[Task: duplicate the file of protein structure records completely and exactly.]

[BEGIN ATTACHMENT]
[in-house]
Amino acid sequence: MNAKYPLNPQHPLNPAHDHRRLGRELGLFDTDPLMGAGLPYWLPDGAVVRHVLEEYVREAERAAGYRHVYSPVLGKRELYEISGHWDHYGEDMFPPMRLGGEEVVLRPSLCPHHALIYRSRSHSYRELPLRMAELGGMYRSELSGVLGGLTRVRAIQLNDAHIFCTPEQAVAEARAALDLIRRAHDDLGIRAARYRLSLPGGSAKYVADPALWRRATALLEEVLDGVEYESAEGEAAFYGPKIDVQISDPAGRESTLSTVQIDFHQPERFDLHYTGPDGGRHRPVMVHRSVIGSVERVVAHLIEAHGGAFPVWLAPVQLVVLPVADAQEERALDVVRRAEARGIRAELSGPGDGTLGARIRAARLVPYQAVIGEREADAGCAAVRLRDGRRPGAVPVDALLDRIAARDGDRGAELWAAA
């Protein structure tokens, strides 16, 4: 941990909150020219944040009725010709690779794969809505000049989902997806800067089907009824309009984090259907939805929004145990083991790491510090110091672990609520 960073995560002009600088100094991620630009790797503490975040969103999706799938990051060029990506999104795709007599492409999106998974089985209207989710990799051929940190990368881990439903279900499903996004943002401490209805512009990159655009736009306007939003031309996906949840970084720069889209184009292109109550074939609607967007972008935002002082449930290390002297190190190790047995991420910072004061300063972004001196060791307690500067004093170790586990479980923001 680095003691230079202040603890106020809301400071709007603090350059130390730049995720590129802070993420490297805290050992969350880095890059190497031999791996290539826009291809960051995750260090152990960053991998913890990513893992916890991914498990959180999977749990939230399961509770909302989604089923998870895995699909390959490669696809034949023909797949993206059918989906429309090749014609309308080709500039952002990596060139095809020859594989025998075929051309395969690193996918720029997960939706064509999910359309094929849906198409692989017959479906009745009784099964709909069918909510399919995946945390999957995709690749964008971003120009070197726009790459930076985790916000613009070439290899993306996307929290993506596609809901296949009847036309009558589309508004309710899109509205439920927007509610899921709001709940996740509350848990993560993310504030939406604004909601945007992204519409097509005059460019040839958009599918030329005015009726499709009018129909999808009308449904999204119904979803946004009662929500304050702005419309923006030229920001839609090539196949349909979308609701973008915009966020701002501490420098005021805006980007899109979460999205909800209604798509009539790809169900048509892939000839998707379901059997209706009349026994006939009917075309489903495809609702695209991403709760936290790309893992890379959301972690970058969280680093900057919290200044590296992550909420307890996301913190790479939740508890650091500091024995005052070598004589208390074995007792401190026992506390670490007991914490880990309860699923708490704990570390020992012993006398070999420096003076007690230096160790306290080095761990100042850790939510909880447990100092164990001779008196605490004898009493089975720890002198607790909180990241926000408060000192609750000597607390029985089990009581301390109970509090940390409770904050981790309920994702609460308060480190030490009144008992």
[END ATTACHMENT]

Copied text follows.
[in-house]
Amino acid sequence: MNAKYPLNPQHPLNPAHDHRRLGRELGLFDTDPLMGAGLPYWLPDGAVVRHVLEEYVREAERAAGYRHVYSPVLGKRELYEISGHWDHYGEDMFPPMRLGGEEVVLRPSLCPHHALIYRSRSHSYRELPLRMAELGGMYRSELSGVLGGLTRVRAIQLNDAHIFCTPEQAVAEARAALDLIRRAHDDLGIRAARYRLSLPGGSAKYVADPALWRRATALLEEVLDGVEYESAEGEAAFYGPKIDVQISDPAGRESTLSTVQIDFHQPERFDLHYTGPDGGRHRPVMVHRSVIGSVERVVAHLIEAHGGAFPVWLAPVQLVVLPVADAQEERALDVVRRAEARGIRAELSGPGDGTLGARIRAARLVPYQAVIGEREADAGCAAVRLRDGRRPGAVPVDALLDRIAARDGDRGAELWAAA
């Protein structure tokens, strides 16, 4: 941990909150020219944040009725010709690779794969809505000049989902997806800067089907009824309009984090259907939805929004145990083991790491510090110091672990609520 960073995560002009600088100094991620630009790797503490975040969103999706799938990051060029990506999104795709007599492409999106998974089985209207989710990799051929940190990368881990439903279900499903996004943002401490209805512009990159655009736009306007939003031309996906949840970084720069889209184009292109109550074939609607967007972008935002002082449930290390002297190190190790047995991420910072004061300063972004001196060791307690500067004093170790586990479980923001 680095003691230079202040603890106020809301400071709007603090350059130390730049995720590129802070993420490297805290050992969350880095890059190497031999791996290539826009291809960051995750260090152990960053991998913890990513893992916890991914498990959180999977749990939230399961509770909302989604089923998870895995699909390959490669696809034949023909797949993206059918989906429309090749014609309308080709500039952002990596060139095809020859594989025998075929051309395969690193996918720029997960939706064509999910359309094929849906198409692989017959479906009745009784099964709909069918909510399919995946945390999957995709690749964008971003120009070197726009790459930076985790916000613009070439290899993306996307929290993506596609809901296949009847036309009558589309508004309710899109509205439920927007509610899921709001709940996740509350848990993560993310504030939406604004909601945007992204519409097509005059460019040839958009599918030329005015009726499709009018129909999808009308449904999204119904979803946004009662929500304050702005419309923006030229920001839609090539196949349909979308609701973008915009966020701002501490420098005021805006980007899109979460999205909800209604798509009539790809169900048509892939000839998707379901059997209706009349026994006939009917075309489903495809609702695209991403709760936290790309893992890379959301972690970058969280680093900057919290200044590296992550909420307890996301913190790479939740508890650091500091024995005052070598004589208390074995007792401190026992506390670490007991914490880990309860699923708490704990570390020992012993006398070999420096003076007690230096160790306290080095761990100042850790939510909880447990100092164990001779008196605490004898009493089975720890002198607790909180990241926000408060000192609750000597607390029985089990009581301390109970509090940390409770904050981790309920994702609460308060480190030490009144008992």